We’ve all been there.
You’re enjoying a beautiful day on the water when, for some reason, you have to re-tie your fishing line.
Whether it is because of a tangle or it’s just time to switch baits, cutting and discarding fishing line is simply part of the experience.
But even though this frequent occurrence can become mundane, it’s important to be mindful of how you handle your scrap line.
Fishing line can take hundreds of years to break down. During that time, it is not only an unsightly source of litter, but it can also be a hazard to wild animals that can become entangled. By one estimate, over 1 million birds per year die after getting tangled in lost fishing line. This makes proper disposal crucial.
For many years, I simply cut up my old line into small pieces and placed it in the garbage, where it is sealed off and kept away from wildlife. However, there is another, more environmentally-friendly, solution.
Since they are constructed of single strands of plastic, both monofilament and fluorocarbon fishing line can be recycled.
Because of the nature of the plastic used in creating these lines, placing your old line in your recycling bin at home won’t do the trick. Thankfully, there are other options.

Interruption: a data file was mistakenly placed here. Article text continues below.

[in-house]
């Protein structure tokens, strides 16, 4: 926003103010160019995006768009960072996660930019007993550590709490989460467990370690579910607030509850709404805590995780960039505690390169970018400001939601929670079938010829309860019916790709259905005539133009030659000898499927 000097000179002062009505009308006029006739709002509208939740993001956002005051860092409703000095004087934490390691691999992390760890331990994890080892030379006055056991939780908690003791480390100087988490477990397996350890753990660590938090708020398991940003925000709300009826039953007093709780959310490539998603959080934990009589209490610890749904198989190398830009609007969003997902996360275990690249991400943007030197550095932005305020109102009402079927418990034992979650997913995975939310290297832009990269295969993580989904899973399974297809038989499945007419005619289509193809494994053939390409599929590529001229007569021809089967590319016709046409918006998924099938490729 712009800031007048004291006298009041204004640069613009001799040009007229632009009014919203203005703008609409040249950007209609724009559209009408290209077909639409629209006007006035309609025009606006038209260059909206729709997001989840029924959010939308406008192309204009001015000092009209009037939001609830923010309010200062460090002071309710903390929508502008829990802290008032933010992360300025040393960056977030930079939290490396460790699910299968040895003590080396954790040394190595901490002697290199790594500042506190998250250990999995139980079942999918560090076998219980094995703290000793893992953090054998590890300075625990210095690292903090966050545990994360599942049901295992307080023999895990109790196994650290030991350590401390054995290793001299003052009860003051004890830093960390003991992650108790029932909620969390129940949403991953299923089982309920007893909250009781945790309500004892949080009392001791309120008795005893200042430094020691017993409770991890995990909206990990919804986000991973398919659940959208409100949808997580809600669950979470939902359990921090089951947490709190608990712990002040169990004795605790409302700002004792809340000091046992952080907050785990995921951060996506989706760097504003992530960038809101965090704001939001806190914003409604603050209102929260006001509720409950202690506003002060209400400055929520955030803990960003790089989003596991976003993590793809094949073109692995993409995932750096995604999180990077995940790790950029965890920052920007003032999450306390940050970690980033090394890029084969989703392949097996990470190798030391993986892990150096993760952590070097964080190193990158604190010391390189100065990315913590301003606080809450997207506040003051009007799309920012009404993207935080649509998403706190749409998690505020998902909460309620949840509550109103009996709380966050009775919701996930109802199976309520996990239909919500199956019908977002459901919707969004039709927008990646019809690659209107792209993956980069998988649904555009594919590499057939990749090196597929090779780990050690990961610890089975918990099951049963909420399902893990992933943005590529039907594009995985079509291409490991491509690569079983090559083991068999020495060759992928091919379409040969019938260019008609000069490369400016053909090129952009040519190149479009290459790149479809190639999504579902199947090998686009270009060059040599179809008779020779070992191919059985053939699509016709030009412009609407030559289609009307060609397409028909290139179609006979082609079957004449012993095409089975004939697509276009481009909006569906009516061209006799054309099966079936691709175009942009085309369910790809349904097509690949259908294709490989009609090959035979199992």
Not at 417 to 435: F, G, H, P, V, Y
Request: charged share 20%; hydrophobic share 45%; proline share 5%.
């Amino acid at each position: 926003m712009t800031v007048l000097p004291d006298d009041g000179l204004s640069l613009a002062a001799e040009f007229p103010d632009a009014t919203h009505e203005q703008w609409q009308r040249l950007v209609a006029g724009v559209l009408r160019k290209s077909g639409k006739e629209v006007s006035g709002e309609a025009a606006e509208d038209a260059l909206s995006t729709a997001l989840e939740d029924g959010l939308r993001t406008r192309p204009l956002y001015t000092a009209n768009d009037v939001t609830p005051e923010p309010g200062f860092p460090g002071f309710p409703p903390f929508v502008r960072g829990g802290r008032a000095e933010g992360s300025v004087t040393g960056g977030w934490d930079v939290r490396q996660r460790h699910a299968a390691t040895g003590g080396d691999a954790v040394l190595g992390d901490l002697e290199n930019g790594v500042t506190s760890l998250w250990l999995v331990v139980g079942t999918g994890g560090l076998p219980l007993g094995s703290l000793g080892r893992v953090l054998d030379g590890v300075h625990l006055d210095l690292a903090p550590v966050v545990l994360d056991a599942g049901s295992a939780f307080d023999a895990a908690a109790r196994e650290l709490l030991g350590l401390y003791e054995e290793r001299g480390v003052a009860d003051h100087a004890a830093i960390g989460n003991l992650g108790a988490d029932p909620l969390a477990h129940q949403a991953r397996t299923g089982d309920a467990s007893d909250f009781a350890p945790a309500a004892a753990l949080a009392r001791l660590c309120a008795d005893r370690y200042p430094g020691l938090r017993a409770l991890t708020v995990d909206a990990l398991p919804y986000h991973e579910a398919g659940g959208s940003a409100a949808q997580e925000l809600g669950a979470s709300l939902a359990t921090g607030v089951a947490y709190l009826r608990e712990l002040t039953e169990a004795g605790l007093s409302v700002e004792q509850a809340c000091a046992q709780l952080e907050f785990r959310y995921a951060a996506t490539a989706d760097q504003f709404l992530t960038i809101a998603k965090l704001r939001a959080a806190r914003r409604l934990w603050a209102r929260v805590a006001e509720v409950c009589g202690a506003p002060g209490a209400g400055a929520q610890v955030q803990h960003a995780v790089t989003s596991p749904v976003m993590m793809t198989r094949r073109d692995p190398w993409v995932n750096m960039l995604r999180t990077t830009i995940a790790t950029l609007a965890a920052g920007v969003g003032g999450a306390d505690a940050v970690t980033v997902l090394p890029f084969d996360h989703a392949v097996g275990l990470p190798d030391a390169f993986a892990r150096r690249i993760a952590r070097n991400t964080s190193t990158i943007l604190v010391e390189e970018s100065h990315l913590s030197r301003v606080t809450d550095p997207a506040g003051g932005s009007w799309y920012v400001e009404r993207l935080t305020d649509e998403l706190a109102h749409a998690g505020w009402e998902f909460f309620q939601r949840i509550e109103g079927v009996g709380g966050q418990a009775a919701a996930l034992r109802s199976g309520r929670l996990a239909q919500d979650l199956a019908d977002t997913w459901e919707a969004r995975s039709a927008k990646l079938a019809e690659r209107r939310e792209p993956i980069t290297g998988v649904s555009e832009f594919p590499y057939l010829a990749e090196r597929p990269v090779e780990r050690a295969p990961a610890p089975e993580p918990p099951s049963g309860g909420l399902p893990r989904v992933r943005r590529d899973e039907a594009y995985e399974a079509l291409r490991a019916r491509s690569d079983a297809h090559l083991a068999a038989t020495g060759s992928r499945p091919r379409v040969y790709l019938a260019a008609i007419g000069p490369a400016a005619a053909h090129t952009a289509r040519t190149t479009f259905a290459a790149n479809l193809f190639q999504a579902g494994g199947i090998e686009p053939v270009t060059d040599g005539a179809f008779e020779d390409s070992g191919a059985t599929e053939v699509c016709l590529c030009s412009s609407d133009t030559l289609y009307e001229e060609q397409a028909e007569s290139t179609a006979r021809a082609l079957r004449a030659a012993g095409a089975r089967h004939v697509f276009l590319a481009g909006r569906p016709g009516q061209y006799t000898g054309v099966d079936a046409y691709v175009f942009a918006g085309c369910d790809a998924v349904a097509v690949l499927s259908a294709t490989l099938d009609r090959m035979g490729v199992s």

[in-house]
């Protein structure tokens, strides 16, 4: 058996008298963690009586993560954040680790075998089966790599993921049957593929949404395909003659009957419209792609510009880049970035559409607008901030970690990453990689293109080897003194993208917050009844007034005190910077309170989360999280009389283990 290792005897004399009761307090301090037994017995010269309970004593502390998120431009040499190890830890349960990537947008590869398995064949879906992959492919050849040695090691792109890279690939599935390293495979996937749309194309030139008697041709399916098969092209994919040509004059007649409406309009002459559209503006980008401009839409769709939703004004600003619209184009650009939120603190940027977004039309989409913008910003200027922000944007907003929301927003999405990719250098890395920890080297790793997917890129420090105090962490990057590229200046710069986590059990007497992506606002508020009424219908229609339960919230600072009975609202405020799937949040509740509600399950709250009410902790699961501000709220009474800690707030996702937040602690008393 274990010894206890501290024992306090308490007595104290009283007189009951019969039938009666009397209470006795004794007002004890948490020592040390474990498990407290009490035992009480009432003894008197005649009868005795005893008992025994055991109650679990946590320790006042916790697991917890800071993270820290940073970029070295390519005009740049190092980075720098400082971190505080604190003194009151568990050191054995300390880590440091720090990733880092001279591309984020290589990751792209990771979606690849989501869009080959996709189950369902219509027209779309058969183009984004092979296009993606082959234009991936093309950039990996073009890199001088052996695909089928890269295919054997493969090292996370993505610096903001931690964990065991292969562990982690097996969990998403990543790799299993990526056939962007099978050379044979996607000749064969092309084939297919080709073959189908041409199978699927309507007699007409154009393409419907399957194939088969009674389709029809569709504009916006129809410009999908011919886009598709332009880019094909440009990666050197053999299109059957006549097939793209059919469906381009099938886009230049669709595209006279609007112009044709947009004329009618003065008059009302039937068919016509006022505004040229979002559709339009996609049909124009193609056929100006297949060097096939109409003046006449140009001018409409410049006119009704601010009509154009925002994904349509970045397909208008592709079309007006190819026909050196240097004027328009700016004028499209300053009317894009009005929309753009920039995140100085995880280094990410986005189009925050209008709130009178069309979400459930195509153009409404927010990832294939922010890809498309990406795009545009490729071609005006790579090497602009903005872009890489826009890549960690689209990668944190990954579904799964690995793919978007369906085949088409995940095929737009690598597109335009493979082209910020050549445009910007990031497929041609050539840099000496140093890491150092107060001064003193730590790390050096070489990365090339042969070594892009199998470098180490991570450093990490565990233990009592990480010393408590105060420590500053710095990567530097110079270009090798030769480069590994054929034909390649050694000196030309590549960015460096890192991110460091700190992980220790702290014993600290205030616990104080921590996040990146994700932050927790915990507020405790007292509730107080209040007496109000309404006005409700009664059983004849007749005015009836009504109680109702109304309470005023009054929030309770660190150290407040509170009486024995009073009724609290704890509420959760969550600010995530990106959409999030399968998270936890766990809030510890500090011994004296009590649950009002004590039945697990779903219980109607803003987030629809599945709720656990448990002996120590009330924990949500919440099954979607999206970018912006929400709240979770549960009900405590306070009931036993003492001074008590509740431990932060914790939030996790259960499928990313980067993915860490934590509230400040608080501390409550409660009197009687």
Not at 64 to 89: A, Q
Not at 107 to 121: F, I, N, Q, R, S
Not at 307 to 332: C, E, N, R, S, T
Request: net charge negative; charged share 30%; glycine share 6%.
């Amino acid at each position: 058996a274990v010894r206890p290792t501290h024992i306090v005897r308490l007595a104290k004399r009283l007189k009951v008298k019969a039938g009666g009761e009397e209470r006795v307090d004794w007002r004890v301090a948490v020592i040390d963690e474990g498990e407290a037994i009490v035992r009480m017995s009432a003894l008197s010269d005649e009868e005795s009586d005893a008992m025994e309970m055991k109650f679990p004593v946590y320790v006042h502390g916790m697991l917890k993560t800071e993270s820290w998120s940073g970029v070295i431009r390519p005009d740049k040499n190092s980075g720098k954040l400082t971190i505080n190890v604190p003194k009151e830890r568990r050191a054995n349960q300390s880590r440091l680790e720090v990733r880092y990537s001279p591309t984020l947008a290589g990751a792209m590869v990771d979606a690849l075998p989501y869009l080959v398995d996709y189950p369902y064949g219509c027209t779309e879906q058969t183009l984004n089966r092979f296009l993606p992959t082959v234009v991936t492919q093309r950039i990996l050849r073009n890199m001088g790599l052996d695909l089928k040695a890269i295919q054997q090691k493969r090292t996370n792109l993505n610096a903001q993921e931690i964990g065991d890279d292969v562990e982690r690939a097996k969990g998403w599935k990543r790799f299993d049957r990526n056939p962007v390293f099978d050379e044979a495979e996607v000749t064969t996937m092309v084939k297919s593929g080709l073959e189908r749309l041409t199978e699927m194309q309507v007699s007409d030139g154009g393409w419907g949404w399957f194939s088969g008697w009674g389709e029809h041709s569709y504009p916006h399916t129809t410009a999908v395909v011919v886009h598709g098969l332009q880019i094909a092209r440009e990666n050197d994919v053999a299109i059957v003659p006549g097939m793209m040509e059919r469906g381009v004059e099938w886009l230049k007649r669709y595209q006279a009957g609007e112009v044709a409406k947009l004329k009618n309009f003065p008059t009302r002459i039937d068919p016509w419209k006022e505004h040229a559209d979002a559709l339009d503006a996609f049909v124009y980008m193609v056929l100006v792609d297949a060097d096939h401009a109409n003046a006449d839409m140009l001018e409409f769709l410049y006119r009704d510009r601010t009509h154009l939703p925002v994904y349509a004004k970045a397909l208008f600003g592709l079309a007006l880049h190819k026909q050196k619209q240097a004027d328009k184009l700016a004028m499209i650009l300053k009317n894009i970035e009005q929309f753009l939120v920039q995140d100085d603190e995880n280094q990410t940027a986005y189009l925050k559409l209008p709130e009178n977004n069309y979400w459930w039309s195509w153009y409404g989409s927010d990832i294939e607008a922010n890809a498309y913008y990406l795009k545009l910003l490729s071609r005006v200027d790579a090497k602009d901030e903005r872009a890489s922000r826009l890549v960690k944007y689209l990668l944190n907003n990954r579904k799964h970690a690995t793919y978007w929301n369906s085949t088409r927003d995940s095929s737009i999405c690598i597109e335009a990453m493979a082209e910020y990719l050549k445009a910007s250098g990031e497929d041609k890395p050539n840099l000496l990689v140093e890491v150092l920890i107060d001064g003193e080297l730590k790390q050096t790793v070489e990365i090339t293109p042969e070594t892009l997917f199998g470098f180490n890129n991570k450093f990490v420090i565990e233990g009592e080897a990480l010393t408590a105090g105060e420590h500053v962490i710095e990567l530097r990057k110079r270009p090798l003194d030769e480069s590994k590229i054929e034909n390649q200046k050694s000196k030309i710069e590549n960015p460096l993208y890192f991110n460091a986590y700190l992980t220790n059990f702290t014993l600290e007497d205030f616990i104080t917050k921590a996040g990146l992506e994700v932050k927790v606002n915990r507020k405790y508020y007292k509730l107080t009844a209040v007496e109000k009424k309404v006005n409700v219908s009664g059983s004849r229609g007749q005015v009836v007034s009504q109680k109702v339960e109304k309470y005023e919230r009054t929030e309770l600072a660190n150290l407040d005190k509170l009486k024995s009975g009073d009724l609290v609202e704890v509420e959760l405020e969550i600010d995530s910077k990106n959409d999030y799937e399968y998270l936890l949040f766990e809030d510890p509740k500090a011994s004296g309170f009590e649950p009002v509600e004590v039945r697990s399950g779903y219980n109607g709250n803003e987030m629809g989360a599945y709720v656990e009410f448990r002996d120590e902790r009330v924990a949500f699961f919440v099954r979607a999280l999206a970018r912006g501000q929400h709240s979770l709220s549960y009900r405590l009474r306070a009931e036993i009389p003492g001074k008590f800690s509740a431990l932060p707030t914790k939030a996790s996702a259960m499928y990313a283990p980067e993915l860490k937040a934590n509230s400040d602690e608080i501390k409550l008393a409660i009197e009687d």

Several Wisconsin DNR service centers accept monofilament and fluorocarbon fishing line for recycling and a growing number of bait shops, boat launches, and fishing piers also have collection points.
You can even mail your old line directly to Berkley and they will recycle it for you.
Simply mail your package to:
1900 18th Street
Spirit Lake, Iowa 51360
They will take care of the rest.
These items can then be melted down into plastic pellets and used to make other products such as spools.
It is important to note, that only the line itself is recyclable. So old line must be free of sinkers, hooks, swivels, and any other non-recyclable objects before being turned in.
Braided and fused line contain metal, so they cannot be recycled. But it is still recommended that you cut your old line into small pieces and dispose of it in a sealed container to minimize the potential for negatively impacting wildlife.
Remember, always leave your fishing spot better than you found it. Together, we can help reduce litter and threats to wildlife in the outdoor spaces we all enjoy.
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